A writer’s best friends are her readers and her writing community. Thus, à la Princess Leia, I’m not too proud to ask for a bit of help now and again.
Frequently, I find myself amazed by the speed with which the writing world changes. When I first ventured into publishing, eBooks were a twinkle in someone’s eye. Self-publishing meant arranging for a vanity press to print (for a fee) hard and paperback copies of your book. The standard method for seeking publication was for an author to directly submit her manuscript to a publishing house. Literary agents were a nice-to-have, rather than the (with rare exception) must-have they are today if you’re pursuing traditional publication.
In little more than a decade, all this has changed.
Now it’s almost unheard of for an author to pitch his or her own “unsolicited” manuscript directly to a publishing house. Today, common practice means landing an agent who then uses her institutional knowledge and professional credibility to act as an intermediary, approaching publishers on her author’s behalf. Continue reading “Help me, Dear Reader. You’re my Only Hope….”
This has been an exciting week, both for me and for Paulette Jiles. Jiles is the author of News of the World, which I reviewed last week. Her happy occasion is this: News has just been named one of the five finalist for the National Book Award: Fiction. Job very well done, Ms. Jiles!
And here’s my cause for celebration: I just received word from the collaboration’s editor that INSULT TO INJURY: VIOLENCE IN SPANISH, HISPANIC AMERICAN & LATINO ART & LITERATURE–an anthology in which I have a chapter entitled “Brutality, Borderlands, and Bildungsromans: Violence and Cultural Conflict in Américo Parades’ George Washington Gómez and Rudolfo Anaya’s Bless Me, Última”–will be in print at the end of December.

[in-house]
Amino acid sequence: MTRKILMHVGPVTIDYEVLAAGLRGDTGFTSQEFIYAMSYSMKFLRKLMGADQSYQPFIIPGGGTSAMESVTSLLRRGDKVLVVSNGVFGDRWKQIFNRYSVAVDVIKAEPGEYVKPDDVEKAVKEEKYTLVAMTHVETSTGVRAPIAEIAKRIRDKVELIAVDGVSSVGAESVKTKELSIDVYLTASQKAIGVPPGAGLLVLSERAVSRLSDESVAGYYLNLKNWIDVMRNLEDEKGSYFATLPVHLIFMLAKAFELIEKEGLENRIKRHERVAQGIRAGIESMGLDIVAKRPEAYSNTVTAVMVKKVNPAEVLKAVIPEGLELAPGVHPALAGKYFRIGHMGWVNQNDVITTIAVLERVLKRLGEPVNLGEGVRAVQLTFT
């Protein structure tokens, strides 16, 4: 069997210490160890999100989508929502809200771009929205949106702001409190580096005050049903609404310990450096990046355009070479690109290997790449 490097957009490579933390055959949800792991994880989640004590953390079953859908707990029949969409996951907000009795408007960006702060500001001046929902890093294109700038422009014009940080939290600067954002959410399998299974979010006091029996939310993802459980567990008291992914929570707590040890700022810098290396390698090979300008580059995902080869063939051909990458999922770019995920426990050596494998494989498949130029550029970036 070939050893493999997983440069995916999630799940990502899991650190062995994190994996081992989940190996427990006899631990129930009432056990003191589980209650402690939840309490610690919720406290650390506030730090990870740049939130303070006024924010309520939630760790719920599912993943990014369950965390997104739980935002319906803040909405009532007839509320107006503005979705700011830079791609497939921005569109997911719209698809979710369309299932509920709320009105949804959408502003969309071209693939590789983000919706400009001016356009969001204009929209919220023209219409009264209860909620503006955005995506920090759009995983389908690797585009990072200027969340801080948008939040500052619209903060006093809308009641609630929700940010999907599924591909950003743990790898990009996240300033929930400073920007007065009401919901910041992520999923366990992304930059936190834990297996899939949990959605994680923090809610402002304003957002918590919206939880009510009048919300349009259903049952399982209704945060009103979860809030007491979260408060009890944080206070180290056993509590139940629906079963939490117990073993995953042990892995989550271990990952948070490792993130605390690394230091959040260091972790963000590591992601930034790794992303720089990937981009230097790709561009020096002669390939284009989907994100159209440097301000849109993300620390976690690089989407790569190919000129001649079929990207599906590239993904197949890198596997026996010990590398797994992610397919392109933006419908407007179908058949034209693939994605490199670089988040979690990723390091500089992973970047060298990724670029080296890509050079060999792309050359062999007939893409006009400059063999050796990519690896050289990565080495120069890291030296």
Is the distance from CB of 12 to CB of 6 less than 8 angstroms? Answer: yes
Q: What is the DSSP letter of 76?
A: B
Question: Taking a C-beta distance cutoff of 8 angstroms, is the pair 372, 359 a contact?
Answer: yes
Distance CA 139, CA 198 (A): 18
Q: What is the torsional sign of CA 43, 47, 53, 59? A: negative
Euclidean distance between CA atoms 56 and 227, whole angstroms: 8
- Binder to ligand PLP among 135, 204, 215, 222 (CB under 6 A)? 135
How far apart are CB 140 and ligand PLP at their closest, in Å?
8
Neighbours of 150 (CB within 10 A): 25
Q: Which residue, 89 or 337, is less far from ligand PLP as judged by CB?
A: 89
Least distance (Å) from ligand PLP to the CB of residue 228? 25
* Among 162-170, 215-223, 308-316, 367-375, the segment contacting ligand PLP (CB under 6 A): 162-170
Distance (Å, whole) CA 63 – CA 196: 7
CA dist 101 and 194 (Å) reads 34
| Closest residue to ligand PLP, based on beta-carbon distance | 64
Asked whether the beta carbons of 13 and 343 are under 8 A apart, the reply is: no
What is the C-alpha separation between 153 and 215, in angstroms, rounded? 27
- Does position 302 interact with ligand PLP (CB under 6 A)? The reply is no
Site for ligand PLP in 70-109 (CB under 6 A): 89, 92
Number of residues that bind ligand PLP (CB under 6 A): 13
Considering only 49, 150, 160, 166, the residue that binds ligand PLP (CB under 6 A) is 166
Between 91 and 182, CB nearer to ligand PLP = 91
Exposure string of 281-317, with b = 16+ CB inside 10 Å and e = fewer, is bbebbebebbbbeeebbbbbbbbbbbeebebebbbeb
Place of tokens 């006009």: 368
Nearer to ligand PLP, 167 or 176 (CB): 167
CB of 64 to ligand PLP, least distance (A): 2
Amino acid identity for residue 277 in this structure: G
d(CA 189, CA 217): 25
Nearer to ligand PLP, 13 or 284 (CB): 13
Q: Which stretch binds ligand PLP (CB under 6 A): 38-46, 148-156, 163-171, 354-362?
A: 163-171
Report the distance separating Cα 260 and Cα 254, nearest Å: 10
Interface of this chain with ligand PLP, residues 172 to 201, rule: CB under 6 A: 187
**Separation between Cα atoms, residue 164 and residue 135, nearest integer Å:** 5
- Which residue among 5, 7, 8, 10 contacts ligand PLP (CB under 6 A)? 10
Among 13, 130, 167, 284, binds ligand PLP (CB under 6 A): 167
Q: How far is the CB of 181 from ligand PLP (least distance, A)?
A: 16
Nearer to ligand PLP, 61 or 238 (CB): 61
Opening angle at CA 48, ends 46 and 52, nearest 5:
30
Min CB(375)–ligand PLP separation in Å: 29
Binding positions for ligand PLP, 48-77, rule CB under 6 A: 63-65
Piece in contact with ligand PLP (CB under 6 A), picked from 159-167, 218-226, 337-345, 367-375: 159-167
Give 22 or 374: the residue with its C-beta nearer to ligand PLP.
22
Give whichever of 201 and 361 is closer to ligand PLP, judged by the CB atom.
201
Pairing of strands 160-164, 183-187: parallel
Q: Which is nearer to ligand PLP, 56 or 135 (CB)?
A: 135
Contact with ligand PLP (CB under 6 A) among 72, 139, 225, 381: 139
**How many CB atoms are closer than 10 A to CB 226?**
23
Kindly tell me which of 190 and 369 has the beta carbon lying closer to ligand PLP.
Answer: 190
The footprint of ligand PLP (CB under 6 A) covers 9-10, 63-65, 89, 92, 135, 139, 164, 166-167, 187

So, yeah: a good week all around.
*Featured image property of Dixie Pixel.
This week’s post is a celebratory one! After a journey of several years, I can, as of January 2016, officially say that my work has been published as a chapter in an anthology.
The Body, Subject & Subjected: The Representation of the Body Itself, Illness, Injury, Treatment & Death in Spain and Indigenous and Hispanic American Art & Literature
Chapter XIII: The Transcendence of the Body: Gabriel García Márquez’s Love in the Time of Cholera: Love and Death as New-World Mosaic, by Lauren M. P. Derby
Sounds like a page-turner, right? Continue reading “Publication Tales & “Pun”-chy Cocktails”
As an aspiring novelist, I have a semi-psychotic relationship with contemporary books.
Obviously I love reading. And there are plenty of books I enjoy “well enough”–unique, entertaining reads I wouldn’t mind recommending. These are books about which I can’t complain. But there’s also not much I-wish-I’d-gotten-there-first about them, either. For me, Anita Amirrezvani’s The Blood of Flowers and Cathy Marie Buchanan’s The Painted Girls fall in that category.
Then there are the books that have my husband making this face:
Why? Because for
weeks days, I’ll periodically burst into a rant about how terrible Book X was. How unappealing the characters. How poorly researched. How unbelievable the conclusion. I’ll now confess that my husband was right (I really hope he doesn’t read this): the fury I felt over the ending of Veronica Roth’s Divergent Trilogy was perhaps disproportional (though not nearly so much as that of those making death threats over it). But I’ll save my Allegient thoughts for a future post. Continue reading “Meditative Books & Movie Rights”